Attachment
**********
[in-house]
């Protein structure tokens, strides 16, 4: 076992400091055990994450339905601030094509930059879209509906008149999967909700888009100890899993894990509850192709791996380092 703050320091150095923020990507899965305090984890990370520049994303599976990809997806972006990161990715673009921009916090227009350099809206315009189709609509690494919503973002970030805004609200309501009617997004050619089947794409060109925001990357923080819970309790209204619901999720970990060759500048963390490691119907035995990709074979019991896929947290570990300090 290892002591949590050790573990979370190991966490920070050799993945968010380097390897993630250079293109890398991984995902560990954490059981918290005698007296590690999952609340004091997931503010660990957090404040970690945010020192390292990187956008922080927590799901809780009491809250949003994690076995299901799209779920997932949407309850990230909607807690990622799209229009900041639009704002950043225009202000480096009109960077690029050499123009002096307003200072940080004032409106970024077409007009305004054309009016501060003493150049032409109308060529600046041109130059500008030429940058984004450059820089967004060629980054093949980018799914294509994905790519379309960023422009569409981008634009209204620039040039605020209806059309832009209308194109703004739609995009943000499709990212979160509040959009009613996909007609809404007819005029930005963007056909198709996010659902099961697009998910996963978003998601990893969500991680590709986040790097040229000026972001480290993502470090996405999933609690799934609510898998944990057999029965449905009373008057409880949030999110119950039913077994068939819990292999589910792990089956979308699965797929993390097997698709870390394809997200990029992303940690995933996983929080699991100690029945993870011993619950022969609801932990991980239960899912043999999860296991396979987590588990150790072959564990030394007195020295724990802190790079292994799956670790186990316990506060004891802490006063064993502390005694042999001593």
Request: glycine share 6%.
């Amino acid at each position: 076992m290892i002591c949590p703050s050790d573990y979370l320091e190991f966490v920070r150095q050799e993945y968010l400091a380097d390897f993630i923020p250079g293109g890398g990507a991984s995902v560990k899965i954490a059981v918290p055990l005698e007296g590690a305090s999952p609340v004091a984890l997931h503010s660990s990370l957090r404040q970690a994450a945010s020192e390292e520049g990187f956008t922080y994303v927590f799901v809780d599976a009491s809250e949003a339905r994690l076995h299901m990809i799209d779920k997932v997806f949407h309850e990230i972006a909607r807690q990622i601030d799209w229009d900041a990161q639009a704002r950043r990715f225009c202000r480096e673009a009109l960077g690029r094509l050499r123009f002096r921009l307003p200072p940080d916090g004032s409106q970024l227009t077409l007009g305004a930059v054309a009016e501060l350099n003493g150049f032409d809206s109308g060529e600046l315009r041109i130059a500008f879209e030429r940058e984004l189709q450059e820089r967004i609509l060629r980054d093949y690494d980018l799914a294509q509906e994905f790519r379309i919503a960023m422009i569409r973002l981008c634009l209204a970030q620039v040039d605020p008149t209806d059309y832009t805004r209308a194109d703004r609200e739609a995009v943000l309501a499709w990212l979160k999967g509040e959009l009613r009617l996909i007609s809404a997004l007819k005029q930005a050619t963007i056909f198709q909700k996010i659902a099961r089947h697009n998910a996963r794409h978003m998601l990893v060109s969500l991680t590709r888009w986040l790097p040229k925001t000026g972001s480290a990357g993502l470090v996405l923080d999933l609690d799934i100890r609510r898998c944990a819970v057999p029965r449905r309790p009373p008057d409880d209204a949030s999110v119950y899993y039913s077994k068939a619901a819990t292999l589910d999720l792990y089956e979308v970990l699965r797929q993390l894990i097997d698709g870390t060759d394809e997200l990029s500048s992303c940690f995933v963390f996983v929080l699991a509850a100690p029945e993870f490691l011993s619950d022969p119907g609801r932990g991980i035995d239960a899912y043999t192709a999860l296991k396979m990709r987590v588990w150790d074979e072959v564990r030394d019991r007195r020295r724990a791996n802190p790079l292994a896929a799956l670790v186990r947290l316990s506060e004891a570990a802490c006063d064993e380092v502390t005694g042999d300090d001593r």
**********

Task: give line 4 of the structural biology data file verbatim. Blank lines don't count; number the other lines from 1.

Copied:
């Amino acid at each position: 076992m290892i002591c949590p703050s050790d573990y979370l320091e190991f966490v920070r150095q050799e993945y968010l400091a380097d390897f993630i923020p250079g293109g890398g990507a991984s995902v560990k899965i954490a059981v918290p055990l005698e007296g590690a305090s999952p609340v004091a984890l997931h503010s660990s990370l957090r404040q970690a994450a945010s020192e390292e520049g990187f956008t922080y994303v927590f799901v809780d599976a009491s809250e949003a339905r994690l076995h299901m990809i799209d779920k997932v997806f949407h309850e990230i972006a909607r807690q990622i601030d799209w229009d900041a990161q639009a704002r950043r990715f225009c202000r480096e673009a009109l960077g690029r094509l050499r123009f002096r921009l307003p200072p940080d916090g004032s409106q970024l227009t077409l007009g305004a930059v054309a009016e501060l350099n003493g150049f032409d809206s109308g060529e600046l315009r041109i130059a500008f879209e030429r940058e984004l189709q450059e820089r967004i609509l060629r980054d093949y690494d980018l799914a294509q509906e994905f790519r379309i919503a960023m422009i569409r973002l981008c634009l209204a970030q620039v040039d605020p008149t209806d059309y832009t805004r209308a194109d703004r609200e739609a995009v943000l309501a499709w990212l979160k999967g509040e959009l009613r009617l996909i007609s809404a997004l007819k005029q930005a050619t963007i056909f198709q909700k996010i659902a099961r089947h697009n998910a996963r794409h978003m998601l990893v060109s969500l991680t590709r888009w986040l790097p040229k925001t000026g972001s480290a990357g993502l470090v996405l923080d999933l609690d799934i100890r609510r898998c944990a819970v057999p029965r449905r309790p009373p008057d409880d209204a949030s999110v119950y899993y039913s077994k068939a619901a819990t292999l589910d999720l792990y089956e979308v970990l699965r797929q993390l894990i097997d698709g870390t060759d394809e997200l990029s500048s992303c940690f995933v963390f996983v929080l699991a509850a100690p029945e993870f490691l011993s619950d022969p119907g609801r932990g991980i035995d239960a899912y043999t192709a999860l296991k396979m990709r987590v588990w150790d074979e072959v564990r030394d019991r007195r020295r724990a791996n802190p790079l292994a896929a799956l670790v186990r947290l316990s506060e004891a570990a802490c006063d064993e380092v502390t005694g042999d300090d001593r």